Scrap slate abstracts

I’ve been getting ready for the Riverdale Art Walk, which is coming up in ten days, and here are a few new pieces I made using salvaged slate and gold mirror smalti.

Slate abstracts

Slate abstracts 5

The slate was part of the great scrap tile haul from our local tile store, and strips of it were arranged into panels that I ended up smashing apart.

The four mosaics above are quite small – about 6″x7″ – mainly because slate is so heavy.

I did make one larger piece, 8″x12″ (on the right), after which I had to stop with this lovely series, as there was only slate rubble left.

I suspect there’s another small series of abstracts hiding in the rubble though – I’ll see about digging it out tomorrow.

In progress: bathroom graffiti mosaic

I’m thinking of making a series of mosaics based on bathroom graffiti, and I’ve started on the first piece to see whether it’ll be worth doing a few of these.

Mirror in Sneaky Dee's washroom.

The mirror in Sneaky Dee’s washroom I’m using as the basis for this mosaic

I decided to start with an image of the bathroom mirror at Sneaky Dee’s, both because the mirror aspect of it seemed like an interesting twist to explore, and because this was the place that gave me the idea in the first place.

Graffiti is the main aspect of Sneaky Dee’s decor, and while in the restaurant itself it doesn’t overwhelm you, every time I enter their washroom, it’s like an aesthetic punch to the solar plexus. Every inch of wall, cubicle and ceiling space is covered in sloppily lettered platitudes and highly unoriginal insults.

I like the place, it has good food. And I’m sure its punkish nighttime crowd, whose inebriated decorating efforts are represented here, would be pleased with the revolting effect they have on the casual weekend bruncher. But rather than try to tune out this passive aggressive assault on my artistic sensibilities, I decided to see whether I can turn it into something that I’d find beautiful.

So far it’s working. I love how this unholy mess is turning out in stained glass and mirror, on a 1.5′ x 1.5′ board. But cutting the glass with the required obsessive precision is taking such a long time.

Graffitti mosaic in progress

Detail of the mosaic in progress. Under the pieces of stained glass is the printout of the original photo that I’m using as a sketch.

And since I’ve been accepted to exhibit at the Riverdale Art Walk, which is taking place June 1-2, I’ll need to take the next four weeks to make a few new pieces for that show. So I’ll have to lay this one aside for now, otherwise I’ll kill most of that time finishing it. But it’ll be worth the wait, I think; it’s turning out kind of incredible.

Favourite books series: Neverwhere

The chapter in which the hero of Neil Gaiman’s Neverwhere drops out of the everyday reality into the fantastical world of London Below is seriously spooky.

On his way to the office one Monday morning, Richard Mayhew discovers that taxi drivers no longer see him, ticket vending machines reject his coins, he is invisible to the other passengers on the train and, upon arriving at the office, that his desk is cleared and none of his co-workers know who he is. In fact, they don’t even see him unless he addresses them first, and then it takes them mere seconds to forget he’s there. When his fiancée fails to recognize him and he makes his way back home, he finds that his apartment has already been rented to someone else. His existence has completely slipped the world’s mind.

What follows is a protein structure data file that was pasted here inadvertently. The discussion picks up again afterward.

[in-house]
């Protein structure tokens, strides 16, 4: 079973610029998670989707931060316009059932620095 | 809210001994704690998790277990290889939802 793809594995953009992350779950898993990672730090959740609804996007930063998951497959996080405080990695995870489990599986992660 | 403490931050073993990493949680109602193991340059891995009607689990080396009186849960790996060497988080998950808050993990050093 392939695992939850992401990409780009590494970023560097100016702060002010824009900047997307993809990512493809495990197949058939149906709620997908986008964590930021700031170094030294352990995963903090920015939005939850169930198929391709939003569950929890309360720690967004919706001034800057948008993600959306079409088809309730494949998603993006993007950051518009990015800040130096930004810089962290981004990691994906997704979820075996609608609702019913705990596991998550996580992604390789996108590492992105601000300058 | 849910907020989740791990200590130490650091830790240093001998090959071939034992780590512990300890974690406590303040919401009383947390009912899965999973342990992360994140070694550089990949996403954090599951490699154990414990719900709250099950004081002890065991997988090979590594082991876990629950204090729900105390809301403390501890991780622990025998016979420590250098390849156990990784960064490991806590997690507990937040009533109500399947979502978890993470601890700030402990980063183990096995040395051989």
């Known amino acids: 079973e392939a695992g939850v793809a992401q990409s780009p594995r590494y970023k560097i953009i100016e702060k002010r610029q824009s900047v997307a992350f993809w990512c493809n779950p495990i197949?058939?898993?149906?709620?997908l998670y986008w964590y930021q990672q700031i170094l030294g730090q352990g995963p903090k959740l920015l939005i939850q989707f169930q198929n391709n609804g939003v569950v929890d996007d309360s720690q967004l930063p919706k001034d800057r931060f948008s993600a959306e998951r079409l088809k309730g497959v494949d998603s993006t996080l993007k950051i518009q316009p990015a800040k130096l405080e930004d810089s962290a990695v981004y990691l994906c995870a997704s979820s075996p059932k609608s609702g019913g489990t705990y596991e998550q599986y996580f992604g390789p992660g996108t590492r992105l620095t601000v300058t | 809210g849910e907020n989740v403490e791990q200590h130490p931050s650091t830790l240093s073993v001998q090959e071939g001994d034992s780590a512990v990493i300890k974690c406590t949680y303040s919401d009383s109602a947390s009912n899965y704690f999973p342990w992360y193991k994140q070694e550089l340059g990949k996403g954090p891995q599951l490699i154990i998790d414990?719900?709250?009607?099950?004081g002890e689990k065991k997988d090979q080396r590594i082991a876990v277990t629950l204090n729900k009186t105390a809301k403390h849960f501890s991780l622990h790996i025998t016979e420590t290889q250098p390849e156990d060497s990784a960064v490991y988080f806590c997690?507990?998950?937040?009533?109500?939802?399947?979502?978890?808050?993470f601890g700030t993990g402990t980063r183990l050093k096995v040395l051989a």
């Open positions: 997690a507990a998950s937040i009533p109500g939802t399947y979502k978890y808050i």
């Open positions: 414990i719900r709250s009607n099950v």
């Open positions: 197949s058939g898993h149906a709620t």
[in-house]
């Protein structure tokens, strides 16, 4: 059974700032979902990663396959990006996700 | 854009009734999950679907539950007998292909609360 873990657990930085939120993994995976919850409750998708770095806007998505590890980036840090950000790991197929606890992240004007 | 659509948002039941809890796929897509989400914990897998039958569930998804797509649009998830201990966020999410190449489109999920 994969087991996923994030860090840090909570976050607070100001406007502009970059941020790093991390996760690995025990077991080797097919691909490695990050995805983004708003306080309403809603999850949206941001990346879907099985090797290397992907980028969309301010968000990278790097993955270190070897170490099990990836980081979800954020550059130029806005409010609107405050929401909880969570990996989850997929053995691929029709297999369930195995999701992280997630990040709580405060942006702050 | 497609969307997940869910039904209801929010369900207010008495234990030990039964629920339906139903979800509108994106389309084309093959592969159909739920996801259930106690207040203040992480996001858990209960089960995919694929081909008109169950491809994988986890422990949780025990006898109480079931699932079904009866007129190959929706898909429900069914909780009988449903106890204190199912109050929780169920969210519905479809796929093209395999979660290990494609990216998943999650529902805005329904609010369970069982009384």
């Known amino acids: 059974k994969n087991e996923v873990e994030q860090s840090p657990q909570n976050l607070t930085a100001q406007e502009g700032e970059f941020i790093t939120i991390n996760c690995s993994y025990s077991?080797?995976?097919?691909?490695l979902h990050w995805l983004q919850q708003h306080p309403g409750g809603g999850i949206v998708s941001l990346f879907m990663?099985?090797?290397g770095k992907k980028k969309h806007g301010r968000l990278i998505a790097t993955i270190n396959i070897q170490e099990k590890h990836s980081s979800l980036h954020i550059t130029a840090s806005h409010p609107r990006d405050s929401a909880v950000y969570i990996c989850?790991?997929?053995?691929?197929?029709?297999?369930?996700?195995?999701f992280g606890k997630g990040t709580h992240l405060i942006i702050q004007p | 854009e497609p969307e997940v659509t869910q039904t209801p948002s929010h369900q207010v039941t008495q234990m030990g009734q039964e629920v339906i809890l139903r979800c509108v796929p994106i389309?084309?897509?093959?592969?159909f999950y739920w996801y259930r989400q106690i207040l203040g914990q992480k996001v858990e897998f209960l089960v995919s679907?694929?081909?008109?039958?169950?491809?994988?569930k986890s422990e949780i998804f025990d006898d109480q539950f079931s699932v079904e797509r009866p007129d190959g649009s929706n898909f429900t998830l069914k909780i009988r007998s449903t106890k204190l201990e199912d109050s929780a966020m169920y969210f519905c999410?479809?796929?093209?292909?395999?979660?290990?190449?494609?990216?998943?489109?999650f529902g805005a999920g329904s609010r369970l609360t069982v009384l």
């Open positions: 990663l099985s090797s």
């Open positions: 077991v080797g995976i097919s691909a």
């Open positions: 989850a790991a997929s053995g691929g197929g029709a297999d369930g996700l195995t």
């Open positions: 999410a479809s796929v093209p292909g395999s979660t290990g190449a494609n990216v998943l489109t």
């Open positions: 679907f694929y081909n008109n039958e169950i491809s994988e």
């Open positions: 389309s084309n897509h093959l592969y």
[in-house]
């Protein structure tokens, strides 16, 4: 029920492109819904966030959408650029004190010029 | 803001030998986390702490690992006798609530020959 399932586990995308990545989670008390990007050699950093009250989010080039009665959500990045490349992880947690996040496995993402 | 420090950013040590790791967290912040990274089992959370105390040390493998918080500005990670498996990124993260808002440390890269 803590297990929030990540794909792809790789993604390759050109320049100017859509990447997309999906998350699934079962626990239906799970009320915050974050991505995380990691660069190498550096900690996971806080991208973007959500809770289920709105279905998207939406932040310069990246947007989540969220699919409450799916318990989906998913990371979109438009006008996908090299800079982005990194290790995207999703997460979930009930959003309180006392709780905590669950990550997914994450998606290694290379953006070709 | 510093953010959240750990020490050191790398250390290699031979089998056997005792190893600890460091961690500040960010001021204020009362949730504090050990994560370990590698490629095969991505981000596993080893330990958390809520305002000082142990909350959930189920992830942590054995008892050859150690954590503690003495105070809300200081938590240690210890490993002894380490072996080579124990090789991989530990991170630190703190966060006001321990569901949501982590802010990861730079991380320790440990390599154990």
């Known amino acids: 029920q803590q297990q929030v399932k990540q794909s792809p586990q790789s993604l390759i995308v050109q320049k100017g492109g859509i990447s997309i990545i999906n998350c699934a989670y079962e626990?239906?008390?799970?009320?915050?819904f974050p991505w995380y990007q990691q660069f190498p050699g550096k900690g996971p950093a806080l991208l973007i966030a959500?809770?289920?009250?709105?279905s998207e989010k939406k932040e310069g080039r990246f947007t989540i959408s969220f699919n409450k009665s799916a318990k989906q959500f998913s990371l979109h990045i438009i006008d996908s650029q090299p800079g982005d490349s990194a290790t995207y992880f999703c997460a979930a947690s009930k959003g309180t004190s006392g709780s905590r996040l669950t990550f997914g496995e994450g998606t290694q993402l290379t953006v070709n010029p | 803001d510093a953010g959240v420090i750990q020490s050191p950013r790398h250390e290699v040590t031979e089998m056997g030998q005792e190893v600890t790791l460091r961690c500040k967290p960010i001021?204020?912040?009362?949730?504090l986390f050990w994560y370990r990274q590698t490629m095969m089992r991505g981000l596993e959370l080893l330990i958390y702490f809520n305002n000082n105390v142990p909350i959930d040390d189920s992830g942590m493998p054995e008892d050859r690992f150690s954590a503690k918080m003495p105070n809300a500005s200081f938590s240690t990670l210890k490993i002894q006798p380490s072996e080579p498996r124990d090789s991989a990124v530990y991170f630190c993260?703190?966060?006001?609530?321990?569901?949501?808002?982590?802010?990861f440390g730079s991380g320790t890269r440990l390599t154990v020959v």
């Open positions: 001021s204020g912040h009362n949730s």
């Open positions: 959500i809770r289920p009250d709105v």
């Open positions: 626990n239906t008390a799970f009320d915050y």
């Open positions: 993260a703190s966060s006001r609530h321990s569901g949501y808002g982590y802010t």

This has always been one of the book’s most vividly magical moments for me – when its protagonist slips from the normal world to begin his extraordinary adventure among the warriors, beasts, noblemen tricksters and supernatural assassins of London Below. So for this mosaic I chose the scene that precipitated it all: Richard’s finding of the wounded Lady Door.

On his way to an important dinner with his fiancée, Richard stops to help an injured girl who seems to have slumped to the pavement right out of a blank brick wall – someone his girlfriend can’t even see at first and when she does, she demands that Richard not waste time on this ragged lowlife. Despite this, Richard takes the girl to his flat to recover and hide from those who wounded her.

Door mosaic based on Neil Gaiman's Neverwhere

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In progress: Door

The latest mosaic in my Favourite Books series is based on Neil Gaiman’s Neverwhere. If you haven’t read it, you may find it odd that a picture of a brick wall and a bleeding girl is called Door. Explanation is forthcoming – once the mosaic is finished.

For now, here’s the sketch for the piece:

Pencil sketch of a girl collapsed beside a brick wall

I did end up toning down the curve of that hip and the extra-long thigh when I transferred this to the board. It’s bad enough to depict a figure that is recognizably a girl – when in the book she appears in this scene as a shapeless bundle of rags – driven by the reasoning that a vague dark mass would be a much less compelling image than a collapsed girl. Making her an improbably shaped fantasy-book-cover girl would be inexcusable.